• Herstein is one of my favorite books,but I think the exercises would prove discouraging for even a talented beginner.E.B.Vinberg's A COURSE IN ALGEBRA would probably be much smoother going for the O.P. @Kannappan Ross and Abbott are both excellent textbooks to begin learning analysis from. I'm more partial to Ross because it's exactly what the title says it is and I think that's more important for the beginner then a more general study of analysis. – Mathemagician1234 Apr 4 '12 at 3:01
• @Mathemagician1234: I think it's funny that you mention that, given that Herstein himself acknowledges the proofs may very well be out of reach: "A word about the problems. There are a great number of them. It would be an extraordinary student indeed who could solve them all ... Many are introduced not so much to be solved as to be tackled. The value of a problem is not so much in coming up with the answer as in the ideas and attempted ideas it forces on the would-be solver." – Tyler Apr 4 '12 at 16:15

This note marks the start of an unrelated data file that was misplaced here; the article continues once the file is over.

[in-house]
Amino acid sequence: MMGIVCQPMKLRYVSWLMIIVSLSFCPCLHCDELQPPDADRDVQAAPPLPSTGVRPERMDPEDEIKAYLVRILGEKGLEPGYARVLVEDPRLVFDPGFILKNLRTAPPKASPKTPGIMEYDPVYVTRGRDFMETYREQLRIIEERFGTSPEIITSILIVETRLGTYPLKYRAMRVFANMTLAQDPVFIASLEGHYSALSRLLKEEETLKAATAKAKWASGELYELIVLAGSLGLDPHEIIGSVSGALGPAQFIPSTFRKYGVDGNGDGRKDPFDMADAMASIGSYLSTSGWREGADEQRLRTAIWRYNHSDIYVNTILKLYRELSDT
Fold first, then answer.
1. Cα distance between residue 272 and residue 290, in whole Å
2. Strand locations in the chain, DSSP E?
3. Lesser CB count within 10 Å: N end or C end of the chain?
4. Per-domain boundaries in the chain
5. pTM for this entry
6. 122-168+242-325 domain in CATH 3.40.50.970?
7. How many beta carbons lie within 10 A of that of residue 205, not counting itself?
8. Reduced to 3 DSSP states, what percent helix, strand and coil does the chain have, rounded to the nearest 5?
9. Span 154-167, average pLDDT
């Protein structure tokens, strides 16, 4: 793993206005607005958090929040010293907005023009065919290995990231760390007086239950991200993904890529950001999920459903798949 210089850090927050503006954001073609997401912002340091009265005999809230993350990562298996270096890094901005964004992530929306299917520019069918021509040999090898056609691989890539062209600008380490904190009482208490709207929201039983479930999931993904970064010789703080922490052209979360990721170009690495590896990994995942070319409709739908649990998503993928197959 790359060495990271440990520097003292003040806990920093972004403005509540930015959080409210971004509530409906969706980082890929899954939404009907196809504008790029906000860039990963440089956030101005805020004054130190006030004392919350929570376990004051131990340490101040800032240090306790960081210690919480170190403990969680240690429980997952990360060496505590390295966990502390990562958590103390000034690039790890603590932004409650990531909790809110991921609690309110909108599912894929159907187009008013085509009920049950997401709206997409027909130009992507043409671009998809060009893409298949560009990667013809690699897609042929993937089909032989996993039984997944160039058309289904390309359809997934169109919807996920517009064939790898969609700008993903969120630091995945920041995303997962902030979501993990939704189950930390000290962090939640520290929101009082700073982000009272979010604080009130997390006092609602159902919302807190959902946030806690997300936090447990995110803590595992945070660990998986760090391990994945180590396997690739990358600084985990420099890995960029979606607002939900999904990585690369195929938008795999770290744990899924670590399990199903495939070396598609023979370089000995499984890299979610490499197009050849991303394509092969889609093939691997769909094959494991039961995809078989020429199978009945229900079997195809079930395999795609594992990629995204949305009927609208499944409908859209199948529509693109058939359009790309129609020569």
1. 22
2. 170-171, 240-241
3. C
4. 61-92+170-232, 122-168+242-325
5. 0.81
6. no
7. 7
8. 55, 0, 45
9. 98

• That being said, it is quite possible that it is too difficult for the OP at this point (which I really can't speak to so shouldn't speculate too much) – Tyler Apr 4 '12 at 16:16

You said that you are studying computer programming and then continued with: I would like to state that I have not studied linear algebra or any form of calculus/pre-calculus yet. When I was an undergraduate the entire 4-semester elementary calculus sequence, linear algebra (I think), and one semester of a standard 2-semester advanced calculus course was required for computer science majors, along with some discrete math. Perhaps this has changed.

However, I'm currently tutoring a computer engineering student, a major I would expect to be a bit further from mathematics than computer science is (he's a 2nd year undergraduate at a large public U.S. university) and, this semester (as a 2nd year student, and he is not ahead in his studies either) he's taking a basic vector calculus course and a basic logic/set-theory/combinatorics course.